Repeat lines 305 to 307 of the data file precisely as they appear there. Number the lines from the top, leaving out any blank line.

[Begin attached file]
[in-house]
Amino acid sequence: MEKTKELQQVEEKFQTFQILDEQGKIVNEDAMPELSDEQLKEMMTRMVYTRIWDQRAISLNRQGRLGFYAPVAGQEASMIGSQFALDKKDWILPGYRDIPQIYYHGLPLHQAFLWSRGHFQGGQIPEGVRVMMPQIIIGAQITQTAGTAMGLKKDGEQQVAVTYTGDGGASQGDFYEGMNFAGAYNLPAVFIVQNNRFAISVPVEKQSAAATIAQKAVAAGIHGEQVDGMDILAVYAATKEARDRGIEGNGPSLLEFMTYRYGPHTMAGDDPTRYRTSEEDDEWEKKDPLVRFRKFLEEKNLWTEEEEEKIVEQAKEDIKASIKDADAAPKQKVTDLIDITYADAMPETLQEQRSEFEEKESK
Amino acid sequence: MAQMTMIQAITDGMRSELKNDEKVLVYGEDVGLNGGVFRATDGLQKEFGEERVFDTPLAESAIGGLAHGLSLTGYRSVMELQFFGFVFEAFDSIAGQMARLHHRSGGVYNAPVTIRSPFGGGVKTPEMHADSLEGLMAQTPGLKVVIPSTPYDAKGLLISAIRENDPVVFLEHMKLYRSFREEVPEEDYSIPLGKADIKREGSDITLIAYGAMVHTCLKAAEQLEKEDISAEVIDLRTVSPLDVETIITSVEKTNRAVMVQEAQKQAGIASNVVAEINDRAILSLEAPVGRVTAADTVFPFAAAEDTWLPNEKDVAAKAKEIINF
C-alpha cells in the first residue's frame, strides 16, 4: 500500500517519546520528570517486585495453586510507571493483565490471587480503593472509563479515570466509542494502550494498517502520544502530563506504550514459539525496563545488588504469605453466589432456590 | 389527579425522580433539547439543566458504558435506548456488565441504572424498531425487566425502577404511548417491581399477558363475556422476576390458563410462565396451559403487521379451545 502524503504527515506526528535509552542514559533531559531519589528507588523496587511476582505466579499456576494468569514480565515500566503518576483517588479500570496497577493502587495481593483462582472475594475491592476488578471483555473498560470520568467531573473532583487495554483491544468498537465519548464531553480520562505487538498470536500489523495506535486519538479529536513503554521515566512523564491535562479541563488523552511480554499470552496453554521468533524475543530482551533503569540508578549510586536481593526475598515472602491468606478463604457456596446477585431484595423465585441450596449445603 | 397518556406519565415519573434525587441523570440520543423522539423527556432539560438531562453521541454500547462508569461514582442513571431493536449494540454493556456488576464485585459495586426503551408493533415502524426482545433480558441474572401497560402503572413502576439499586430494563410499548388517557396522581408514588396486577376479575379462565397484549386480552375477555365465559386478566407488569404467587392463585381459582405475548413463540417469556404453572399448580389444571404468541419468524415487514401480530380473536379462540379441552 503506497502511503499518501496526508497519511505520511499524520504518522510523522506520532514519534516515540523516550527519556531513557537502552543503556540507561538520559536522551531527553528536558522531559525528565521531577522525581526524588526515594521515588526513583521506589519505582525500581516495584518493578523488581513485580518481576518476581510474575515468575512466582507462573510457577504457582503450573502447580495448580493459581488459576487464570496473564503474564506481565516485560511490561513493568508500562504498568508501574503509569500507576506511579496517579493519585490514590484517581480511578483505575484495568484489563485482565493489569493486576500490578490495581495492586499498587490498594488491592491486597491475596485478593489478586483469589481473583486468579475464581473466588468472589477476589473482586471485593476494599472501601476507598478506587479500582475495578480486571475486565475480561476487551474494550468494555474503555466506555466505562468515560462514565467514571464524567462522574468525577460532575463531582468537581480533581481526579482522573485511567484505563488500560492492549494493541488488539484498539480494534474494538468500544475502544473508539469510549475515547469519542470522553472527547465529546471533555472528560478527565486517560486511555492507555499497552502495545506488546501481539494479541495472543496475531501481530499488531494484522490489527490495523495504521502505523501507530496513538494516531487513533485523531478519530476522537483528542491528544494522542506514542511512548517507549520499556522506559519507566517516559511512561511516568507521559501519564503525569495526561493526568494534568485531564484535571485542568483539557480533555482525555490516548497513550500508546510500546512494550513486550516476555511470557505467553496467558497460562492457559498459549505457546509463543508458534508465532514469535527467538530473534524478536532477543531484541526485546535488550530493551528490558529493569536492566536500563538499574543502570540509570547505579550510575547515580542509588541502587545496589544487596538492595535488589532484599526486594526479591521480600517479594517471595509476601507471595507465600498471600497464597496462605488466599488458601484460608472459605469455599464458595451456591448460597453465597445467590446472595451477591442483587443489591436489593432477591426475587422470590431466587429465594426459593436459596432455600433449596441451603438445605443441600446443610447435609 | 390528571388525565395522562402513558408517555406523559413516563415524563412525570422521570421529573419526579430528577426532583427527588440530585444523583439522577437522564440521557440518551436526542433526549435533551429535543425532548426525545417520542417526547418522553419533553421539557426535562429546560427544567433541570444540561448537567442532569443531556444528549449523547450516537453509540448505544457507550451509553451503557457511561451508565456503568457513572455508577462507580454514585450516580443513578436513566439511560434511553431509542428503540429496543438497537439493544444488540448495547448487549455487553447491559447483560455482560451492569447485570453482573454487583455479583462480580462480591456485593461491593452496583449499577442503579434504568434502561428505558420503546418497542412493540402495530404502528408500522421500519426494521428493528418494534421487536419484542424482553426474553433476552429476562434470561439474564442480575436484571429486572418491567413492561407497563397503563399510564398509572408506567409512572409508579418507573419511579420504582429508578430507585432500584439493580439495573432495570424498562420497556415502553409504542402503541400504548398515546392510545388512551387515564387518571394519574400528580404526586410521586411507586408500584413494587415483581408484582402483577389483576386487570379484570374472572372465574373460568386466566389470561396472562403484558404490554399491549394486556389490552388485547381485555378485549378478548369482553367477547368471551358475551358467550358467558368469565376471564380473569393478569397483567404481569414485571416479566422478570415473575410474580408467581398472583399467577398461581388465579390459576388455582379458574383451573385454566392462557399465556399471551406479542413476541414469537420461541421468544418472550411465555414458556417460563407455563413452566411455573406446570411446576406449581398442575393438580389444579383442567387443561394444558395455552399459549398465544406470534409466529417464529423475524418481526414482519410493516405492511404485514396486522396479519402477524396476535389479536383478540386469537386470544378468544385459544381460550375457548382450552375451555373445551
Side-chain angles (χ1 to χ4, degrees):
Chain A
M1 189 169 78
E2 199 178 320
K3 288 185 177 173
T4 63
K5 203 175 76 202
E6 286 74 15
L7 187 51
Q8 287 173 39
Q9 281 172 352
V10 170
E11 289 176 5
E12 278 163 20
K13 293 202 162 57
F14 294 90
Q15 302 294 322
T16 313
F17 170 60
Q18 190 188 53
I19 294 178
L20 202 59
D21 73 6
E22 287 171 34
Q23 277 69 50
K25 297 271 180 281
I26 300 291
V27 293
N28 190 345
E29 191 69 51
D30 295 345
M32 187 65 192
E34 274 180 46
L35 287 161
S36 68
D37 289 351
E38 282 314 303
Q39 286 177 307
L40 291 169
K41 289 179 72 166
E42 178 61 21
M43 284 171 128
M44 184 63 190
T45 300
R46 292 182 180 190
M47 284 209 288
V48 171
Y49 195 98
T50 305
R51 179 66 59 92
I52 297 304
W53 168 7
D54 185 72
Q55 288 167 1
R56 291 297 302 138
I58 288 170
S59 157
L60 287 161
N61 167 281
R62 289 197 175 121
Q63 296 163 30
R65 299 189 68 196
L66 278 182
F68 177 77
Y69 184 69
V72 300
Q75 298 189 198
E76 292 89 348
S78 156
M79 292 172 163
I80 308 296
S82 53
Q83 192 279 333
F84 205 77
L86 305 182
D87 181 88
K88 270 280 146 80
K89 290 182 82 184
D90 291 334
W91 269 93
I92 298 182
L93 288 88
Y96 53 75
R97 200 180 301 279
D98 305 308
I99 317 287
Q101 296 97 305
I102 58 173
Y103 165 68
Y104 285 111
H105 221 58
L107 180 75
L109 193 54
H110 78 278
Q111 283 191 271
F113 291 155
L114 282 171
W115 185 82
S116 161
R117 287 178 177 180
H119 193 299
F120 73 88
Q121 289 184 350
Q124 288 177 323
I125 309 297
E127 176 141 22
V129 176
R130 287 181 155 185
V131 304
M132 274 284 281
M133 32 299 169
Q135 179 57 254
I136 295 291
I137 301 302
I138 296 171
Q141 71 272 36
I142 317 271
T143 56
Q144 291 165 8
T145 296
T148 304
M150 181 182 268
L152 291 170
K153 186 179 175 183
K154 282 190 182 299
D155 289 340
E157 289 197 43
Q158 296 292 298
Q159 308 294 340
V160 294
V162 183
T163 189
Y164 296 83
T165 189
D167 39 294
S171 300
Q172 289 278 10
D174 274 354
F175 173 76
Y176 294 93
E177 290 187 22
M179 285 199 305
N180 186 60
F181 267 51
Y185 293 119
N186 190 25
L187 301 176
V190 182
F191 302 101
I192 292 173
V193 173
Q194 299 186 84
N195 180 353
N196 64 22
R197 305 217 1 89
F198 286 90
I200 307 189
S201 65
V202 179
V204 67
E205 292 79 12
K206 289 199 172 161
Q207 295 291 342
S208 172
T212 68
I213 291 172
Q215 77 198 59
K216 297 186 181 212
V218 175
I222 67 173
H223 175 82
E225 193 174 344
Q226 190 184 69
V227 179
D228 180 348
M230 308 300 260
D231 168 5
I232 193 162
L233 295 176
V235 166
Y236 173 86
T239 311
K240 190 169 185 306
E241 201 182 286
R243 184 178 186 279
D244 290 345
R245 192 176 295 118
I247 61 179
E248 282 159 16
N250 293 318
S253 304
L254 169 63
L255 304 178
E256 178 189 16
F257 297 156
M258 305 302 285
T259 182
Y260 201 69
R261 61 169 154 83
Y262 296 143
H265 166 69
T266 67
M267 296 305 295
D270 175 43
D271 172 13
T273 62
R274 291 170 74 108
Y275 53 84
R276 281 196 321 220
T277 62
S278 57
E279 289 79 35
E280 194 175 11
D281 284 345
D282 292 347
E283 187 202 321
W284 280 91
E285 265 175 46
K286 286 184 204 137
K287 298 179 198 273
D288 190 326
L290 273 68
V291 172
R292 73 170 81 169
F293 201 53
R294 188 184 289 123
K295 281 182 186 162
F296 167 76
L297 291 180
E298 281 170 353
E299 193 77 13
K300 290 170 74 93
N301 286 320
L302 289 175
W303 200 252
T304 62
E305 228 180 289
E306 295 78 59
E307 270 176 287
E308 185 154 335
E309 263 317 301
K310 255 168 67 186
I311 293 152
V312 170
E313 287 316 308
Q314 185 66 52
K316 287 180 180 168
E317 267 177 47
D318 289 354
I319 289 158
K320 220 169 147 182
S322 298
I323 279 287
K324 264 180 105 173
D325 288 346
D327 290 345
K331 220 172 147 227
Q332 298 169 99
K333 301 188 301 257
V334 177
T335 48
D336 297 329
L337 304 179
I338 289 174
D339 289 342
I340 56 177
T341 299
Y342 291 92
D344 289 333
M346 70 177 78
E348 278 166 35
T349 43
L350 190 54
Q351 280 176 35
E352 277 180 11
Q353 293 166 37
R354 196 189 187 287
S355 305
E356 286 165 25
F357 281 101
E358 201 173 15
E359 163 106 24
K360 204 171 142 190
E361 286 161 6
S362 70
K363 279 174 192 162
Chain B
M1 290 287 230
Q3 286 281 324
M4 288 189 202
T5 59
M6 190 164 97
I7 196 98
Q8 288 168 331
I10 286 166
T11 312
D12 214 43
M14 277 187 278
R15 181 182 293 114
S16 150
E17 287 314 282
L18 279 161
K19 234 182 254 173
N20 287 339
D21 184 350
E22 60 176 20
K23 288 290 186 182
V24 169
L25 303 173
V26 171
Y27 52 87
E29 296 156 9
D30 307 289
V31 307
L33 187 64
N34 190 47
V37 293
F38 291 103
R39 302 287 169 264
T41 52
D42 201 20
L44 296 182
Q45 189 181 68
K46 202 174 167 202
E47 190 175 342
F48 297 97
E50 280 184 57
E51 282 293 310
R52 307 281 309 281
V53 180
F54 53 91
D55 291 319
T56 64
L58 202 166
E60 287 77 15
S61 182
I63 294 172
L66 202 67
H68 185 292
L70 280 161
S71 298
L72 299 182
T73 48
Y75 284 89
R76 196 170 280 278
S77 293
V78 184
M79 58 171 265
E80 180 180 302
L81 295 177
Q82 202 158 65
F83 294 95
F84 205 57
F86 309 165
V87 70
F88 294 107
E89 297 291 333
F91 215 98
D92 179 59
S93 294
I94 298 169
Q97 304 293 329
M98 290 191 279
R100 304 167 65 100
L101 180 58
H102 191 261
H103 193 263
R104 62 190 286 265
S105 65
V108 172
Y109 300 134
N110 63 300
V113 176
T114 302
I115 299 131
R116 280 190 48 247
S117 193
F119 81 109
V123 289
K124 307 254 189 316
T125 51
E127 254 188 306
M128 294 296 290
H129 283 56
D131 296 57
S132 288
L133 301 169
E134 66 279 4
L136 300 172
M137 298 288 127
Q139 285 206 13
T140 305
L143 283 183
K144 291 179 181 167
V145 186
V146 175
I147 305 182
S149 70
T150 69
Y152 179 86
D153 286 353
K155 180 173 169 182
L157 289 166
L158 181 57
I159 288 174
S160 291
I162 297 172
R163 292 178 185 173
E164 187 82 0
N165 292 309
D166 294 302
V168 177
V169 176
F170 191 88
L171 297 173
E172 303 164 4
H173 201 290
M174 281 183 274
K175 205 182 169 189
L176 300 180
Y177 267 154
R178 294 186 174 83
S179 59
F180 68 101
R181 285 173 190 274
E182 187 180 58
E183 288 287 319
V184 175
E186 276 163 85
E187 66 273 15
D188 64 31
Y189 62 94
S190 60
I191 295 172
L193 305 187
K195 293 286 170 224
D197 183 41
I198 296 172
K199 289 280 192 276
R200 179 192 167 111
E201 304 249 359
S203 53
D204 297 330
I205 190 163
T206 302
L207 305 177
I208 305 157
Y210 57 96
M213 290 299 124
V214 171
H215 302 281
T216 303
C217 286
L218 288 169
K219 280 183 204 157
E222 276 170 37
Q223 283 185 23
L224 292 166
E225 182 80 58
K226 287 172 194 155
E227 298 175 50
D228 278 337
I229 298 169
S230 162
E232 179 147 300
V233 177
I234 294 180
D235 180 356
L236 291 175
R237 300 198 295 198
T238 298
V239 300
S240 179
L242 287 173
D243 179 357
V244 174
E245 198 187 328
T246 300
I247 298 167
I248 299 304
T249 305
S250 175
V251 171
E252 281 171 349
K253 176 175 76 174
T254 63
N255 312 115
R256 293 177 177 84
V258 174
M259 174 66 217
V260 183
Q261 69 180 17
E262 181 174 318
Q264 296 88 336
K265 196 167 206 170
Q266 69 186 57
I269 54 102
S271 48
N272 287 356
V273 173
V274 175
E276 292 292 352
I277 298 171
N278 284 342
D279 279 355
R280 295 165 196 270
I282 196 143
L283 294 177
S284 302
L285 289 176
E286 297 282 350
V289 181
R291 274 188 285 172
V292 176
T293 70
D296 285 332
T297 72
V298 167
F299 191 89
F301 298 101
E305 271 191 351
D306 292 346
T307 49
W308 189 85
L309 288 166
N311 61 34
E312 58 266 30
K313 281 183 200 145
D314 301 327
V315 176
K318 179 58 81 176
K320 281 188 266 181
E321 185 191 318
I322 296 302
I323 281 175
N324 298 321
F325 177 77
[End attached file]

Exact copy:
E17 287 314 282
L18 279 161
K19 234 182 254 173